• For all children, Martin’s Big Words: The Life of Dr. Martin Luther King, Jr., by Doreen Rappaport, is a Caldecott award winner that tells the story of his life using his original writing.
  • For elementary children, I Have a Dream, by Dr. Martin Luther King and Kadir Nelson, pairs King’s most famous speech with beautiful pictures
  • Middle school children will enjoy Free at Last, by Angela Bull, which is a thorough biography with illustrations.

Martin Luther King, Jr., fought to end racial segregation and inspired, and continues to inspire, many Americans. This holiday is perfect for discussing the Civil Rights Movement and the impact of one of the movement’s most famous leaders.

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Women in History Expansion Pack

Recent events have brought women’s rights back into the national discussion. Workplace harassment, disparity in pay, and equality in opportunities remain major issues for most women. As more women speak up about their experiences and demand equality and respect, it is worth looking back over the history of equal rights in America.

From the first women’s rights convention in Seneca, NY, in 1848 to the current “Time’s Up” initiative, there have been a wide variety of intelligent, thoughtful, and motivated women who have influenced our history. Susan B. Anthony, Elizabeth Cady Stanton, Mary Church Terrell, Mary McLeod Bethune, Eleanor Roosevelt, and Betty Friedan are just a few of those who fought this battle over the years.

Our “Women in History” expansion pack explores the impact of these women and others as they fought for equal rights or simply inspired others through their work in science, politics, or education. Our history is full of inspiring women who have contributed in meaningful ways to our story. Reading about the women in our past is a great way to understand the current movement and the limitations and challenges faced by women today. Combine our history with current events to help our kids move forward so that our future is more inclusive, safer, and maybe a bit more equal.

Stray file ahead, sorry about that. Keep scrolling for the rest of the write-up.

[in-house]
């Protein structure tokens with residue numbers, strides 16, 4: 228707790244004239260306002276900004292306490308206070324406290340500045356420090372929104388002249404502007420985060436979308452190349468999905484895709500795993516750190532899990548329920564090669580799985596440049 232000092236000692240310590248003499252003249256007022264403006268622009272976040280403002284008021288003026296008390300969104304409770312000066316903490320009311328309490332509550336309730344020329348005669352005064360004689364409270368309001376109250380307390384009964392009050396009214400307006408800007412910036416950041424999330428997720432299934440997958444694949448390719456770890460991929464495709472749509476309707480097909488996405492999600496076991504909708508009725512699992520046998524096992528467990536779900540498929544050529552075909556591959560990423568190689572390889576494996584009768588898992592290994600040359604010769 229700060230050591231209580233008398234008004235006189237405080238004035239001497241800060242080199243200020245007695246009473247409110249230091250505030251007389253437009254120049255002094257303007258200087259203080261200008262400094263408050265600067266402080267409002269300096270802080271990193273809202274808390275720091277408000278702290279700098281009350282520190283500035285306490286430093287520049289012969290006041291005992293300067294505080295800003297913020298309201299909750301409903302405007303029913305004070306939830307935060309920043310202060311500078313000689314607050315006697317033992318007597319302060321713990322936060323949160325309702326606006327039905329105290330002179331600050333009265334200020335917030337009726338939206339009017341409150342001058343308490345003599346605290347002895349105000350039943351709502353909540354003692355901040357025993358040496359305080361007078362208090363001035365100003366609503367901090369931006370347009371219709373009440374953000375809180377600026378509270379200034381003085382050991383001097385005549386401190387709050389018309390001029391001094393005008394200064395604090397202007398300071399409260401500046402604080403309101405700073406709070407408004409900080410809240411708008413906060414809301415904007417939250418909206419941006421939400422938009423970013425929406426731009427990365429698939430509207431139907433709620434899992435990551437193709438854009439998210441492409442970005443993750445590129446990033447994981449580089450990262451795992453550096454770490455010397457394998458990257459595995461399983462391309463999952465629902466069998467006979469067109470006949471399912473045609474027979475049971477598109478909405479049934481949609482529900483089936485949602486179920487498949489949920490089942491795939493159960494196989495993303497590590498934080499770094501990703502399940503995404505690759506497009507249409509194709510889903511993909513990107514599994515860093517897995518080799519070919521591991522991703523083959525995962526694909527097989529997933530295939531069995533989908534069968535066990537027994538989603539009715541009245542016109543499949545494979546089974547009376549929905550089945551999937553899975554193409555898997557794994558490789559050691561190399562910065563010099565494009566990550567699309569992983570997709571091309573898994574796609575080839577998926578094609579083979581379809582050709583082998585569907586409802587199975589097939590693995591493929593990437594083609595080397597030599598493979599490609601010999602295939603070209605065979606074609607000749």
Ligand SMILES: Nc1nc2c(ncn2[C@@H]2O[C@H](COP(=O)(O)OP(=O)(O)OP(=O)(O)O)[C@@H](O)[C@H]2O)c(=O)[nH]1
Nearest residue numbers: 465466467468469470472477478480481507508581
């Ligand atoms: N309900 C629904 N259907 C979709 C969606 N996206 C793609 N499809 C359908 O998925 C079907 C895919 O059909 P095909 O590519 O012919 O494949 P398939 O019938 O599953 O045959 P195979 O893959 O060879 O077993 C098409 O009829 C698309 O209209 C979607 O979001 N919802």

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For more information about our expansion packs, including “Women in History,” click here.

Remember that our history boxes and expansion packs are often fully reimbursable for State and private sector families living abroad. Email us at afterschoolplans@gmail.com for more information and a Reimbursement Request Form to find out if you qualify for full reimbursement.

American-History-in-a-Box coordinates with Twiga Tutors

We are thrilled to be coordinating with fellow EFM business owner Christianna Pangalos of Twiga Tutors in the upcoming year to expand our offerings. We have combined forces to provide a history box and tutoring package for all K – 8 students at post. U.S. certified teachers will guide your child as they learn about American history through the books, games, and activity book included in the American-History-Box. Each package includes the history box plus three months of email and online sessions designed to motivate and encourage your child’s learning.